There are many good reasons to implement an information security management system
(ISMS) and get it certified to ISO 27001, the International Standard for Information Security Management. The most common is that customers or clients, or in some cases stakeholders, want the assurance that an ISO 27001 certificate can provide.
At first glance, an ISMS project may seem daunting, however, there are some common misunderstandings about what is actually required and what has to be done to obtain an ISO 27001 certificate. This week’s blog addresses just that and looks at 5 common fallacies associated with ISO 27001 certification.
You might think that embarking on an ISO 27001 project is simply too large or complex a task. It is however sometimes possible to start small by limiting the scope of the information security management system (ISMS), (see previous URM blog) which can mean that the number of information assets and users, and the corresponding number of risks, is significantly smaller.
This can mean that the ISMS certification project is more manageable, and the scope of the ISMS can be extended later on, bringing more parts of the organisation into its scope. The initial certification audit, which comprises 2 stages, is often a demanding process; a scope extension is usually in one stage only and, because you’ve been through the certification audit experience once already, the extension audit is typically far easier to manage.
Certifying to ISO 27001 doesn’t mean you have to have perfect security; it means that you have processes in place that ensure that you know and enable you to manage your security risks; there will always be risks that have to be accepted. Providing you are taking a risk-based approach and you are making and executing plans to deal with those risks effectively and appropriately you can achieve certification to the Standard.
Annex A of ISO 27001 includes a list of 114 information security controls that can be used to manage risks and to reduce them to an acceptable level. It isn’t necessary to implement all 114 of these controls, but to select only those needed to reduce unacceptable risks, as well as any that are required by laws, regulations or contracts. Let’s briefly look at these three requirements. There are very few UK laws that require specific controls; some such as the Data Protection Act 2018 require ‘appropriate’ measures, or controls.
In terms of regulations, most regulated firms in the UK are required to manage risks of all types, including information security risks, but again there are very few of these that stipulate specific control types. With regard to contracts, you simply have to implement any specific controls that have been stated in the contract irrespective of ISO 27001. It is also worth noting that following your risk assessment, the controls you select to mitigate your risks and document within your risk treatment plan don’t have to be fully implemented before the certification audit.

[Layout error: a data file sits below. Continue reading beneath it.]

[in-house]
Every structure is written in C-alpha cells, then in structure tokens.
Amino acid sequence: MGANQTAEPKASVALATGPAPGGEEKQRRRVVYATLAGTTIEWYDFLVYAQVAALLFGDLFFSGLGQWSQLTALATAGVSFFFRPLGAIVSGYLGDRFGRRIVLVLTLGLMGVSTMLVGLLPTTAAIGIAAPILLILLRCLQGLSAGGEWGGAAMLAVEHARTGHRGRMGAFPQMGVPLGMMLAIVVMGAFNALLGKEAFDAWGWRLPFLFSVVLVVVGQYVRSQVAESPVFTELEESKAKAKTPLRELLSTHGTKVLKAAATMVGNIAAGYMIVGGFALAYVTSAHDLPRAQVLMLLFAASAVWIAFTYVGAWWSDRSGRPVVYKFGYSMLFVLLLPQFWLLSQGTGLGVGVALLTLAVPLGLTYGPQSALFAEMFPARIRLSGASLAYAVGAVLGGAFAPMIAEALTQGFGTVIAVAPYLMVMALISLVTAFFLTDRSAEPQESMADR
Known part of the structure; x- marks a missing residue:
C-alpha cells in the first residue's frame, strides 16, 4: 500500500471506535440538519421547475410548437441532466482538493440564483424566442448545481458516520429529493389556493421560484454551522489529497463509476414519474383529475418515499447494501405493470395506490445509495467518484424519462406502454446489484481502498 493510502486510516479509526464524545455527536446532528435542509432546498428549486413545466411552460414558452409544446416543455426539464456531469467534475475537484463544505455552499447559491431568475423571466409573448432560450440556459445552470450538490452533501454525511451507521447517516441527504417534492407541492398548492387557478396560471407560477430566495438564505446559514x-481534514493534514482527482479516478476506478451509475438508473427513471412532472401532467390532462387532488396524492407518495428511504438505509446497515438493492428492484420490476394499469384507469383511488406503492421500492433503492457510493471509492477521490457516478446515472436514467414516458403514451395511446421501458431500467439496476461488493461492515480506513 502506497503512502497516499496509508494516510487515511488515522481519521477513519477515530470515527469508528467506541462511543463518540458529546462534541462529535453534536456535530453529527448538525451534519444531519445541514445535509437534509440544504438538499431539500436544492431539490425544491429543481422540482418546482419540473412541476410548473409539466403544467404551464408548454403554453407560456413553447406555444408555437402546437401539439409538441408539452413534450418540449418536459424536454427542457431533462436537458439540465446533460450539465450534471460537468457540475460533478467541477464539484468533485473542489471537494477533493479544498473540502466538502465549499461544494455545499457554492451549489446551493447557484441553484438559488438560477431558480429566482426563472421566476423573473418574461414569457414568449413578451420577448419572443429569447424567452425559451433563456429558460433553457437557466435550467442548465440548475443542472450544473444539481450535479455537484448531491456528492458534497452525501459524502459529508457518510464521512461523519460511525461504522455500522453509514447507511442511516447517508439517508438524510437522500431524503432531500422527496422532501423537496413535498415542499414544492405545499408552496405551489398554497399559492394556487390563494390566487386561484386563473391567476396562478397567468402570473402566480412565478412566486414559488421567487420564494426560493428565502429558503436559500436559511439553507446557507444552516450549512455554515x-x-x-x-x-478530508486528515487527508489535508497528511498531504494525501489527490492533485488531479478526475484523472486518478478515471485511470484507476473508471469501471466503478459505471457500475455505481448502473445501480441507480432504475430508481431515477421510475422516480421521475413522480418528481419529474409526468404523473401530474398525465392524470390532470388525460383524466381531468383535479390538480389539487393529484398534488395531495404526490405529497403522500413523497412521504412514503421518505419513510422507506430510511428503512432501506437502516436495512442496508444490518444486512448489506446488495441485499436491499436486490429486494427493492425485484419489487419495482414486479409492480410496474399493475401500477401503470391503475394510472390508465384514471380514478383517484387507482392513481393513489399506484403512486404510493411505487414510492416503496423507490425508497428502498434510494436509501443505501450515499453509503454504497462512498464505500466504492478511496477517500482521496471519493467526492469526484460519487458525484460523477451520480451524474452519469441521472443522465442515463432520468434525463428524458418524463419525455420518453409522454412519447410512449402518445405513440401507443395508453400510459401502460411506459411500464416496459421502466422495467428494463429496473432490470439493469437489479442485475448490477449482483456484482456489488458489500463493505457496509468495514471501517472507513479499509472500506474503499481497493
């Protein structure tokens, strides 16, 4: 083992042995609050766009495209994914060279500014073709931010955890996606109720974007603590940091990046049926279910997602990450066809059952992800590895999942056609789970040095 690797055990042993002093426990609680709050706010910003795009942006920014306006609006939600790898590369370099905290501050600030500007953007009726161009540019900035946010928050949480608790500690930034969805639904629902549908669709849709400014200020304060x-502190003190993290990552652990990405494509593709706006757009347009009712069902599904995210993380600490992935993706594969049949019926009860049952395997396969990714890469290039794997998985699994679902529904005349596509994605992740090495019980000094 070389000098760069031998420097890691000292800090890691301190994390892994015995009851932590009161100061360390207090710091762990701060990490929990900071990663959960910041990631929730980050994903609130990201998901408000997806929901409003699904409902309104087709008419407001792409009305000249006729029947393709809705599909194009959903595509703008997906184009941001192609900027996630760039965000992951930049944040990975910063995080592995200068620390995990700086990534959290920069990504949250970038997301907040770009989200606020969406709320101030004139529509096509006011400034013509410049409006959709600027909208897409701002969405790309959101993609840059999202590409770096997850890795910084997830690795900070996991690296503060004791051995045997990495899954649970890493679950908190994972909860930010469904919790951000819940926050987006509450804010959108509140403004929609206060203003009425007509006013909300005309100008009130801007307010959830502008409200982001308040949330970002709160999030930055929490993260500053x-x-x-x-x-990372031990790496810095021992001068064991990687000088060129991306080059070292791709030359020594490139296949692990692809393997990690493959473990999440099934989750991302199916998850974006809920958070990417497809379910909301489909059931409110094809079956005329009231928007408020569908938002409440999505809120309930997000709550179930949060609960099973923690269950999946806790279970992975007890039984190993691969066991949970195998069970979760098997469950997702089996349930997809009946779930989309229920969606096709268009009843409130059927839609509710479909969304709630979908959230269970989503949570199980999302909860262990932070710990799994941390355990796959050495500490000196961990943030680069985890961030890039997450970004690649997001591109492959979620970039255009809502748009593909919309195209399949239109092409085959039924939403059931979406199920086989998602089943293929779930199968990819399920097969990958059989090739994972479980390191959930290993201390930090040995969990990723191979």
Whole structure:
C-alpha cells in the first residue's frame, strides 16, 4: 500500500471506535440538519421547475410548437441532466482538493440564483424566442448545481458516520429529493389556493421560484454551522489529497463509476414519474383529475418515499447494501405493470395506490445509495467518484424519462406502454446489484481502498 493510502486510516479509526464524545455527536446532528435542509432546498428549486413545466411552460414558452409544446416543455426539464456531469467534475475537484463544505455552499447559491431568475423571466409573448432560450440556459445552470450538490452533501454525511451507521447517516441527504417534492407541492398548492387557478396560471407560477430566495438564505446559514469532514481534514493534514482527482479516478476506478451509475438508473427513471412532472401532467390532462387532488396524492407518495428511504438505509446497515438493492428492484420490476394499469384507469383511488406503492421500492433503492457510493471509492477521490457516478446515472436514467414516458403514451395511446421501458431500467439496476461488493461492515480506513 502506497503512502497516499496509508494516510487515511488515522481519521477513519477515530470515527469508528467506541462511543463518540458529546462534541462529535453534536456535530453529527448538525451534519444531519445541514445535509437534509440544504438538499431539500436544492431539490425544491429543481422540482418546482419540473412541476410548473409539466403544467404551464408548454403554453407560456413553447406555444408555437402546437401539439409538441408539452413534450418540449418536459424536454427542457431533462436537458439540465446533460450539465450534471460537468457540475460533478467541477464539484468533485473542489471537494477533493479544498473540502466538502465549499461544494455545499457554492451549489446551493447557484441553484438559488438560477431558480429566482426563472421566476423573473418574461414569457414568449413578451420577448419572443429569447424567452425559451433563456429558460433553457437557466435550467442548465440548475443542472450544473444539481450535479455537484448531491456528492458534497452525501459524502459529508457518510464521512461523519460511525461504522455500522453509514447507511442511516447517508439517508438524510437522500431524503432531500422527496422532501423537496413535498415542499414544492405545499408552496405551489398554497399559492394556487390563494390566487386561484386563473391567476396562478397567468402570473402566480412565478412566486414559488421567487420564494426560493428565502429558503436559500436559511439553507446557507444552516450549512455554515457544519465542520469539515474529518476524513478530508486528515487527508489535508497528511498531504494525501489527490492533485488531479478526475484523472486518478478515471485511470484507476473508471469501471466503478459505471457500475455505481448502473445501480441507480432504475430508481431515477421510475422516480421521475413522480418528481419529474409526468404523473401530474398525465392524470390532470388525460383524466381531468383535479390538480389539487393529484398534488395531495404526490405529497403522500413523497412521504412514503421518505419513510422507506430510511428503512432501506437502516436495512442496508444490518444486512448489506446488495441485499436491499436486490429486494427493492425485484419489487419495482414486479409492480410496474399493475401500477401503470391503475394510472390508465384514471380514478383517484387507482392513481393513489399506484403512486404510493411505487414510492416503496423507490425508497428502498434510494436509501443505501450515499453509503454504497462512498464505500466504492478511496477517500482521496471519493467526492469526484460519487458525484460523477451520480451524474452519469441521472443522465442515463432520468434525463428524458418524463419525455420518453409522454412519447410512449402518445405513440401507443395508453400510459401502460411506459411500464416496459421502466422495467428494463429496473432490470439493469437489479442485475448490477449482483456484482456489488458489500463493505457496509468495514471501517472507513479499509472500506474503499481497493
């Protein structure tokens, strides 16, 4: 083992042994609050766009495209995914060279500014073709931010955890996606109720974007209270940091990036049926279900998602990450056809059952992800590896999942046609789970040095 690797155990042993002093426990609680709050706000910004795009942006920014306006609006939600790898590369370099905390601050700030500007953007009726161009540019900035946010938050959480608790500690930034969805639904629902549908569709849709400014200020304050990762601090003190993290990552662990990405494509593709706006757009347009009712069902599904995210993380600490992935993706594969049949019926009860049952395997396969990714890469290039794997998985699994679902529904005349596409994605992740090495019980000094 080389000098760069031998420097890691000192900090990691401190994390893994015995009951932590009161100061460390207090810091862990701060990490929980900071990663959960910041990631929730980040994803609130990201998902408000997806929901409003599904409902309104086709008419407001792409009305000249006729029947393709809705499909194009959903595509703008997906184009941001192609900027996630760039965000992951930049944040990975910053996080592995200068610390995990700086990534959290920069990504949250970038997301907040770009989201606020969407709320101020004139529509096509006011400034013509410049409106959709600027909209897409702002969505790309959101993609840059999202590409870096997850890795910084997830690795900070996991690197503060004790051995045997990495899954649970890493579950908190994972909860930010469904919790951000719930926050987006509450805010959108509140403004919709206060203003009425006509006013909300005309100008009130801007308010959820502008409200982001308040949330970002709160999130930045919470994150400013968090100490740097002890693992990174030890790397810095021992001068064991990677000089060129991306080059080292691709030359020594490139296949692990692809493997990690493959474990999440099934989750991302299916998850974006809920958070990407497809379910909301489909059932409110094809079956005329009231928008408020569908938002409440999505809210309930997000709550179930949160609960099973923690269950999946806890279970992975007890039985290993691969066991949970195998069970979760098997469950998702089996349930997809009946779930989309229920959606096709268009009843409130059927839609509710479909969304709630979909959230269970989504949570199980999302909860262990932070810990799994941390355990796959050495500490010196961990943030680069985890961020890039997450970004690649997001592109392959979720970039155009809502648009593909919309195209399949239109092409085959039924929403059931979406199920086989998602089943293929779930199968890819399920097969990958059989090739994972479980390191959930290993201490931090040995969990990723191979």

Information security capability is simply part of the cost of doing business and, in the case of ISO 27001, certification can often be a business enabler and a market differentiator. Taking into account that the scope of the ISMS doesn’t, necessarily, need to be the entire organisation and that only necessary controls have to be selected and planned, a fresh look at the actual costs is probably a good idea. Many of the information security processes that make up an ISMS may already exist and, like any new business process or set of them, some external help may be needed initially but, in most cases, the activities needed to look after an ISMS can be accommodated by existing people in the organisation.
Of course, technical information security controls have a price, but in many cases very inexpensive controls such as policies, training and awareness can reduce risks as well as, or even better than, additional software or hardware.
The implementation of the ISMS and any selected controls are typically the most expensive elements and you are likely to need to do these things anyway to manage risk, irrespective as to whether or not you become certified. The actual certification process is relatively less expensive and simply amounts to paying for the time of a respected certification body to come and assess you and to provide a report on conformance along with a certificate.
ISO 27001 stipulates only 10 process elements that must be documented and all of these make complete sense. How you document these is entirely up to you – written document, process map etc. In addition, and whether an ISMS is in place or not, other information security processes or activities will always benefit from a written procedure or written record. It’s up to you to decide which processes you want to document in the form of a policy, procedure or record; you only need to do it if it helps.
Only 8 of the 114 information security controls listed in Annex A of ISO 27001, if selected, must be documented. Again, it’s up to you to decide whether documenting any of the others you select is beneficial.